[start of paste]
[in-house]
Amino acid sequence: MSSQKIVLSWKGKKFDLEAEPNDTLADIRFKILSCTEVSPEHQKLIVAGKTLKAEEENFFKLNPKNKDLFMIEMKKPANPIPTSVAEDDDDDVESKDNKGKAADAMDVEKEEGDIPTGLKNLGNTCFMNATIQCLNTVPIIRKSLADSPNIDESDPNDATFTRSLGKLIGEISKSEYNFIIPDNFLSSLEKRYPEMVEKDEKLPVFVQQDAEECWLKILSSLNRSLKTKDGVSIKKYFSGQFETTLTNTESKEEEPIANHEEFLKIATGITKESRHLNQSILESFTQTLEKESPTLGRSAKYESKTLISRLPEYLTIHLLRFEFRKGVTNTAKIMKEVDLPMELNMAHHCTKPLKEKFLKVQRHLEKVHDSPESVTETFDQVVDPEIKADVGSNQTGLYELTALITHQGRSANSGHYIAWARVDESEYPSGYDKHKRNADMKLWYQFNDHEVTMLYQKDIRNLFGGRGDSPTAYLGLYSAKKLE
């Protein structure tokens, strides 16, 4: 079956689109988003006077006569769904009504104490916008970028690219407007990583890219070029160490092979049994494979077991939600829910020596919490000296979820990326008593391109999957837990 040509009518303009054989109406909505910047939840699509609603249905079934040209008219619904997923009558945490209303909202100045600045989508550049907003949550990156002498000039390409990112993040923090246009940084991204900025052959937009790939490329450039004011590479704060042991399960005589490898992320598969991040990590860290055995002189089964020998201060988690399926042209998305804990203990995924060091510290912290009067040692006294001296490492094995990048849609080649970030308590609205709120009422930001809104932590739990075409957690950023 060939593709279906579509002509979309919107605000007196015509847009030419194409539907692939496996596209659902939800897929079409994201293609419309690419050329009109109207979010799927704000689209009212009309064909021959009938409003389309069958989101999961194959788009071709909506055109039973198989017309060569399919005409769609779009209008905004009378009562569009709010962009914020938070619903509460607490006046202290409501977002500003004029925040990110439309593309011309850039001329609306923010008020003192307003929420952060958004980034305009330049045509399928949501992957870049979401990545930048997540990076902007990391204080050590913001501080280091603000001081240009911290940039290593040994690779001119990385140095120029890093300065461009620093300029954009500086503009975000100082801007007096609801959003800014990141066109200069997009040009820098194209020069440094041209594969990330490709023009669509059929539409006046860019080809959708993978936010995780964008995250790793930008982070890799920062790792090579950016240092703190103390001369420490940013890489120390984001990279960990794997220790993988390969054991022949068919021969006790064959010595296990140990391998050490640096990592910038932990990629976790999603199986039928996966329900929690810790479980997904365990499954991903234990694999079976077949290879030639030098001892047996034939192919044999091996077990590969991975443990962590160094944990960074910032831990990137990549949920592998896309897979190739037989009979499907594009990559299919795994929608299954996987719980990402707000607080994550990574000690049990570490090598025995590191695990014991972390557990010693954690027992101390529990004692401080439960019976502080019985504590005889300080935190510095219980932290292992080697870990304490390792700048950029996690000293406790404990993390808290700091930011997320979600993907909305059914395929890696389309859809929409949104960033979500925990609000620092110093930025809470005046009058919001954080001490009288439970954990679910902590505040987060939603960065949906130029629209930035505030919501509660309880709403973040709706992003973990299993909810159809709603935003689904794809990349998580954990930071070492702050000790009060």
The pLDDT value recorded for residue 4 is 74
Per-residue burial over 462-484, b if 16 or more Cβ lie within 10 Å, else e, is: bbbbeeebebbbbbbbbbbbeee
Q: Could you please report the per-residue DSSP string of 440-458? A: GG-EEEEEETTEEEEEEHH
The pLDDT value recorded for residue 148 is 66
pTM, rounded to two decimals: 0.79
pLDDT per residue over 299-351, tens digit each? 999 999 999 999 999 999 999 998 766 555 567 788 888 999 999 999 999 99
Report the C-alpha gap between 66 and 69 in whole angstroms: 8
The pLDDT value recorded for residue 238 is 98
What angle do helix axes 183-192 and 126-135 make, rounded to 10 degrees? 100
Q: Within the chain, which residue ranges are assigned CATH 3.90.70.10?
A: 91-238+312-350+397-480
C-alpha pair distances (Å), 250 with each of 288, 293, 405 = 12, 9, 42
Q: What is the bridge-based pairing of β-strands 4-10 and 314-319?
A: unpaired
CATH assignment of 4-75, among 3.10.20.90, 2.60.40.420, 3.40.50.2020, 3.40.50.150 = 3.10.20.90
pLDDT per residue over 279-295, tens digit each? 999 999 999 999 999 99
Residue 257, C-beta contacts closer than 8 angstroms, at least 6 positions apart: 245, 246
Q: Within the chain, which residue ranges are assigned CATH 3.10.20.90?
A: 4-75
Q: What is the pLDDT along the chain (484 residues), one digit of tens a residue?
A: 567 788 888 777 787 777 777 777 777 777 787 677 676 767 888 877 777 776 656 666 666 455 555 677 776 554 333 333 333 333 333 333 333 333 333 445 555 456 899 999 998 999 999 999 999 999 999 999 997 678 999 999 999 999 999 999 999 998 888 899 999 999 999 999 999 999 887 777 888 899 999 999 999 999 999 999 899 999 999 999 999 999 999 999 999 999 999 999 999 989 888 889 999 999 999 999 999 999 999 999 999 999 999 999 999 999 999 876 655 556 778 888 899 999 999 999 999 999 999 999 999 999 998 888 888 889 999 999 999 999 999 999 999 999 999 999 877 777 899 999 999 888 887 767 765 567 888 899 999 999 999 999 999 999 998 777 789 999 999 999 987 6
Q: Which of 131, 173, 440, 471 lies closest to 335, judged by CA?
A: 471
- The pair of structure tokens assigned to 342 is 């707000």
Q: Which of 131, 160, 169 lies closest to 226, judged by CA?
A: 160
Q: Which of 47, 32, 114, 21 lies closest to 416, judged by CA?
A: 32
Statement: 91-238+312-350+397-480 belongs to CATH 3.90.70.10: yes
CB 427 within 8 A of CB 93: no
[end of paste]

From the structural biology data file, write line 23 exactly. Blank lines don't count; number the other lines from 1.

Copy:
Q: What is the pLDDT along the chain (484 residues), one digit of tens a residue?